Grace's Guide To British Industrial History

Registered UK Charity (No. 115342)

Grace's Guide is the leading source of historical information on industry and manufacturing in Britain. This web publication contains 163,443 pages of information and 245,911 images on early companies, their products and the people who designed and built them.

Grace's Guide is the leading source of historical information on industry and manufacturing in Britain. This web publication contains 147,919 pages of information and 233,587 images on early companies, their products and the people who designed and built them.

William Barnett

From Graces Guide

William Barnett was a British inventor who, in 1838, applied for a patent for an internal combustion engine design.

In 1838 he invented a double-acting gas engine. Its single cylinder was vertically placed, and explosions occurred on either side of the piston.


Extract from Internal Combustion Engines by Wallace L. Lind. Published 1920 Boston.

Barnett describes three engines, the first is single-acting, the second and third are double-acting. All these engines compress the explosive mixture before igniting it.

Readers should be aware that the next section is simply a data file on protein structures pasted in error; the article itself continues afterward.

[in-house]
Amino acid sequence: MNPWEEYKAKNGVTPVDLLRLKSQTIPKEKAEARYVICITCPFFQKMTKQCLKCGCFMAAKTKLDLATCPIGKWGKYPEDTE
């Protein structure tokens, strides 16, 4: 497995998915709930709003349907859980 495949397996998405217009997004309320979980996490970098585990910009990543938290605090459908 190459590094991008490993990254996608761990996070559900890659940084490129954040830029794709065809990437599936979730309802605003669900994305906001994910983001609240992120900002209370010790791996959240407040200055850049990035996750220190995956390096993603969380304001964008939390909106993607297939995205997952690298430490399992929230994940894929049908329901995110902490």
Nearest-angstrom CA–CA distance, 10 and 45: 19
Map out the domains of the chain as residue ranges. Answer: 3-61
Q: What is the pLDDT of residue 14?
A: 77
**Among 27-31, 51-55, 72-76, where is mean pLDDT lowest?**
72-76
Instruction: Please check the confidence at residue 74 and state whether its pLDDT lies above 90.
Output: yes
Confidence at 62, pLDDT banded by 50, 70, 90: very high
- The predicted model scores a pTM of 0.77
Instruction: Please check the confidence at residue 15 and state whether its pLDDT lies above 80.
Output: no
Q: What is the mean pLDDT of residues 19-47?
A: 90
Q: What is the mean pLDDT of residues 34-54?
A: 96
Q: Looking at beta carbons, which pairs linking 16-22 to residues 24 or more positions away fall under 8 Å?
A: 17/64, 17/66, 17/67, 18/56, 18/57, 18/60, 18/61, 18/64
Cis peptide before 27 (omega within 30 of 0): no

In the first and second engines the gas and air are compressed by pumps into receivers separate from the motor cylinder, but communicating with it by a short port which is controlled by a piston valve. The piston valve also serves to open communication between the cylinder and the air when the motor piston discharges the exhaust gases.

In the third engine the explosive mixture is introduced into the motor cylinder by pumps, displacing, as it enters, the exhaust gases resulting from the previous explosion. The motor piston by its ascent and descent compresses the mixture. Part of the compression is accomplished by the charging pumps, but it is always completed in the motor cylinder itself.

In all three engines the ignition takes place when the crank is crossing the dead centre, so that the piston gets the impulse during the whole forward stroke.

The flame method of ignition invented by Barnett was very efficient. It was widely used until about 1892. Previous to 1860 the gas engine was in the experimental stage. Many attempts were made to improve it, but none of the inventors sufficiently overcame the practical difficulties to make their engines a commercial success.


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